O'Day is a consultant in the health care industry and has lived in Summerfield for a little more than two years with his wife Kelly and four-year old daughter. O'Day also has a son.
He is president of the Polo Farms neighborhood homeowners association board, has volunteered for Founders' Day, and was recently appointed to the town's newly formed Trails and Open Space Committee.
When O'Day lived in Pennsylvania he served four years as the director of the Susequehanna Appalachian Trail Club, and also served on the board of directors for Historic Gettysburg-Adams County and the planning committee for the Gettysburg Yuletide Festival.
"I see significant change on the horizon with U.S. 220 coming through," O'Day said. "We moved here because of the way Summerfield is. If that changes, I'd like to be a part of that process. I know what attracts a lot of families. I don't want that small town feeling to go away."
Vicki White-Lawrence and Eric Lowe have joined Gary Albert in the race for one open seat on the Stokesdale Town Council.
White-Lawrence, 60, has two sons, a stepson and a stepdaughter. She has a bachelor's degree in Early Childhood Education.
Prior to becoming a stay-at-home mom in 1995, White-Lawrence served as the executive director of a non-profit organization that provided residential services for adults with developmental disabilities and as an agency coordinator for a regional food bank.
Since her oldest son was in kindergarten, she has volunteered in the classroom, as a tutor, and has held numerous other positions with the PTA, PTSA and PTSO at Stokesdale Elementary, Northwest Middle and Northwest High. She has also been the president of those organizations at all three schools.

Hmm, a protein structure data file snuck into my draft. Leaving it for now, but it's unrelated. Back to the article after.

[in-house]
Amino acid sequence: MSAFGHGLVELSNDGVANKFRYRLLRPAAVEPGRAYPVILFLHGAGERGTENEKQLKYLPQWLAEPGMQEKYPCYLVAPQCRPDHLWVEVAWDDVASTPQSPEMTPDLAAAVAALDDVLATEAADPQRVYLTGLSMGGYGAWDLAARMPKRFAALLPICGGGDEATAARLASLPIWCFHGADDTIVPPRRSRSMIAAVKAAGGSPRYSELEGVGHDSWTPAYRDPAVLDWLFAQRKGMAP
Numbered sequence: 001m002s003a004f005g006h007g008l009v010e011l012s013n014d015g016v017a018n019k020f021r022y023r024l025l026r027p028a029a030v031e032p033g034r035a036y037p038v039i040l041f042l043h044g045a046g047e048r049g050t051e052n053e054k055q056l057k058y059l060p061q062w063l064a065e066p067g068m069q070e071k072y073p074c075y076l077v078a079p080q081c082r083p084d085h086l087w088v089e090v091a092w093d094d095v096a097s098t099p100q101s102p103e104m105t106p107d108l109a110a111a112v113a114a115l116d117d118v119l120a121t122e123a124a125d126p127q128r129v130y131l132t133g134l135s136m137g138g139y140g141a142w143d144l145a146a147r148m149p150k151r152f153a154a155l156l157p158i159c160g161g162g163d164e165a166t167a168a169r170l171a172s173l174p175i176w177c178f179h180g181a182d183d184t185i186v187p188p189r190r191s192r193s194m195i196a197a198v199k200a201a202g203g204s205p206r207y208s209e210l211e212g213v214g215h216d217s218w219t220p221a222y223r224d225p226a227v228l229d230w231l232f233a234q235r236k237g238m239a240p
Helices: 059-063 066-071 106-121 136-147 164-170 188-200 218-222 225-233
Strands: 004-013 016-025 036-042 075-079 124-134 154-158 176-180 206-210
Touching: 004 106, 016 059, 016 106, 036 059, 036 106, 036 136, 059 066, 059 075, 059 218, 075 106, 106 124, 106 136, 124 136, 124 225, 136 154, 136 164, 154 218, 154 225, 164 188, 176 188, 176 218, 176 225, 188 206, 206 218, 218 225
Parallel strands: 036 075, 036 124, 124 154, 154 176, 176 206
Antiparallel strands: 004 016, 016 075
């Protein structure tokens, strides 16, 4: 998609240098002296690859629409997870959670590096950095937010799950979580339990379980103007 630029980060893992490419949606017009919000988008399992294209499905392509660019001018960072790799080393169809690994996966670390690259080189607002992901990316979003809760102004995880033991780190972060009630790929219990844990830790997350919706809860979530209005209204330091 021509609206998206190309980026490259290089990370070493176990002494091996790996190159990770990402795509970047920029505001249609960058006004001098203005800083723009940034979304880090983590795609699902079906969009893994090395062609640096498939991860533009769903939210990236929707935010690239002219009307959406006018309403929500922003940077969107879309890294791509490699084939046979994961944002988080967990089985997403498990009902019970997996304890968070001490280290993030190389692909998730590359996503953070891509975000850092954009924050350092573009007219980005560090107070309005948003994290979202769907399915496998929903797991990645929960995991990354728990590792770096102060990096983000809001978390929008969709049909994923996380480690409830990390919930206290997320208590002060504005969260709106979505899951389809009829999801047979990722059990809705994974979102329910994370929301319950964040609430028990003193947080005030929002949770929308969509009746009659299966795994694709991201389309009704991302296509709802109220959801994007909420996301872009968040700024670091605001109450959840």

White-Lawrence wrote and reported for the Northwest Observer until 2011.
She has experience as a member of Stokesdale's Holiday Parade Committee, Stokesdale Parks and Recreation Board, an alternate member of the Planning Board and the Northern Region Odyssey of the Mind board of directors.
"I have considered running in the past, but decided now is the time," White-Lawrence said. "I believe I have interest in and dedication to our town and can offer some diversity of thought on the council. I like to learn all I can and consider all sides of an issue as I make decisions."
Eric Lowe, 52, is married and has four children, three grandchildren and one grandchild on the way. For more than 15 years, Lowe has volunteered with youth basketball, football, baseball and soccer league teams in Stokesdale.
"I'm a working man," Lowe, a Lowe's Home Improvement associate said. "I go to work every day and do the best that I can. I'm a common sense guy and I want to put my two cents in."
A proud graduate of South Stanly High School in Norwood, N.C., Lowe has lived in Stokesdale since 1987. He ran for Stokesdale Town Council in 2011 and believes it's time for new ideas.
Lowe said he is a proponent of property owners' rights and would work to strengthen them.
"If you own land and you're taking care of it, you should be able to do what you want with it," Lowe said. "A lot of people feel restricted. It's time for new ideas and to let somebody else have a shot at it."